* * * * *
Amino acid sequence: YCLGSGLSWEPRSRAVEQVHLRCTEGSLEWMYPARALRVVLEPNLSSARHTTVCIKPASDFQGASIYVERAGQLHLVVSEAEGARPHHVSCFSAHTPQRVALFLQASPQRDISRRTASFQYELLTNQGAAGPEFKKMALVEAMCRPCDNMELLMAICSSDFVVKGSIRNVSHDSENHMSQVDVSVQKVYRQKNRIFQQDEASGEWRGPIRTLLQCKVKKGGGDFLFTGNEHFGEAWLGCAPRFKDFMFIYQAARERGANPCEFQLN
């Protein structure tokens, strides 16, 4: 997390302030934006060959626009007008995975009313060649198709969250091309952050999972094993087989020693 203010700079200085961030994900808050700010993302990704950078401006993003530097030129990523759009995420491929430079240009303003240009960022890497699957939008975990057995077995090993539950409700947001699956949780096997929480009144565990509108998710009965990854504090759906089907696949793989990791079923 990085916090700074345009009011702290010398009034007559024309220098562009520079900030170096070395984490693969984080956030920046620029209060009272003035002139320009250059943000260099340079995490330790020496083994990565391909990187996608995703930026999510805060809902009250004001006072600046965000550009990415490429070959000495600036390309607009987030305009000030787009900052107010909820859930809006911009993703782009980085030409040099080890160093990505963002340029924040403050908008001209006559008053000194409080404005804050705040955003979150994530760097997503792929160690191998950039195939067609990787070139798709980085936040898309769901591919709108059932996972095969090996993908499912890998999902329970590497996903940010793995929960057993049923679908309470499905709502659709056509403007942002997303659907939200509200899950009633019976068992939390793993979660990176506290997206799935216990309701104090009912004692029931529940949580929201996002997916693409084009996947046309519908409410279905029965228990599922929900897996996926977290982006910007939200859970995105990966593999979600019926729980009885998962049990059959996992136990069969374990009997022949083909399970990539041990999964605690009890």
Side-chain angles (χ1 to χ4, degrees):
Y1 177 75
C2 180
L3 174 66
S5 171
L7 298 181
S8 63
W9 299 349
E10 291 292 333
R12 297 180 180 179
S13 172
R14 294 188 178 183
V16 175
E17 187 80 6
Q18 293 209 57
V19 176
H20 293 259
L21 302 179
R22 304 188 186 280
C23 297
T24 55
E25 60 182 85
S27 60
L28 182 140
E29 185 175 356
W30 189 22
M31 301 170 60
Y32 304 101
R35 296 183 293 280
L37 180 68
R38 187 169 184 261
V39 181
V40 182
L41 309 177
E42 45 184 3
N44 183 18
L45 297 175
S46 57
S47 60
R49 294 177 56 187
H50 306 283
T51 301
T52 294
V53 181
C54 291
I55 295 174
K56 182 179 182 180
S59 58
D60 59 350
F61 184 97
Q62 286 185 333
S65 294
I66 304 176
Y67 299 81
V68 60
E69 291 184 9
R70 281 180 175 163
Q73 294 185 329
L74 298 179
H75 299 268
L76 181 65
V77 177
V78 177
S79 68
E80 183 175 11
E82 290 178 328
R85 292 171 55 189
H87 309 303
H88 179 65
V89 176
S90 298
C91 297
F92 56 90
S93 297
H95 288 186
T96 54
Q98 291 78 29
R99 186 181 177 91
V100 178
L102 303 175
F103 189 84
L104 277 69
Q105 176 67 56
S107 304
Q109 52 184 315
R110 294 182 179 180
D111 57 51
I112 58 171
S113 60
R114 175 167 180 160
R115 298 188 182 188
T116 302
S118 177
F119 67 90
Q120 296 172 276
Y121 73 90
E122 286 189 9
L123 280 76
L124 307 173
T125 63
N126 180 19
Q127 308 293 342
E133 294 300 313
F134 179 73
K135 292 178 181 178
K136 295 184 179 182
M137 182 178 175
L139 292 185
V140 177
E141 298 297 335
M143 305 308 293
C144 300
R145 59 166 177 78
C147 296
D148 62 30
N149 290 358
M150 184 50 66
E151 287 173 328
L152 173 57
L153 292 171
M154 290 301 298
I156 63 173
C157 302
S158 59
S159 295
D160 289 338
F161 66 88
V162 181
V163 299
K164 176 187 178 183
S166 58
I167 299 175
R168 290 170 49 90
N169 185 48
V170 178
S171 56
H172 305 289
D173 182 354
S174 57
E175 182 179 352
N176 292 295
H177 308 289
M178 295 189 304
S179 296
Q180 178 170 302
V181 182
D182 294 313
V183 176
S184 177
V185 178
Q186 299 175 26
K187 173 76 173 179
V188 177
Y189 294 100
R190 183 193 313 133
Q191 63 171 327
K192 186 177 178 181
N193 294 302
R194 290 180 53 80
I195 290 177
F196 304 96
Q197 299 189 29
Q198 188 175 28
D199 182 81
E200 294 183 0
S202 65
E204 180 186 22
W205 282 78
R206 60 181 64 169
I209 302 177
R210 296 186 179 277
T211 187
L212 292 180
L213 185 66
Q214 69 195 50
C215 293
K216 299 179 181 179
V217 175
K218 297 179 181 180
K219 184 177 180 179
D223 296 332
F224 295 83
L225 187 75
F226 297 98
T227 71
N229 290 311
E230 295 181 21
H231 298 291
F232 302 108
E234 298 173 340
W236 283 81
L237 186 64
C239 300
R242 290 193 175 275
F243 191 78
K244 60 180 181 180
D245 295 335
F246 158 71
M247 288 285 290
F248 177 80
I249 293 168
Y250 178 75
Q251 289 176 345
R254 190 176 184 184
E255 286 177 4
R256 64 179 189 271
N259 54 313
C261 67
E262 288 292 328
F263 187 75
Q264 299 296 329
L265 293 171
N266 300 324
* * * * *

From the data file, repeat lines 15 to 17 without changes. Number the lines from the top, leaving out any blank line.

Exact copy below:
V16 175
E17 187 80 6
Q18 293 209 57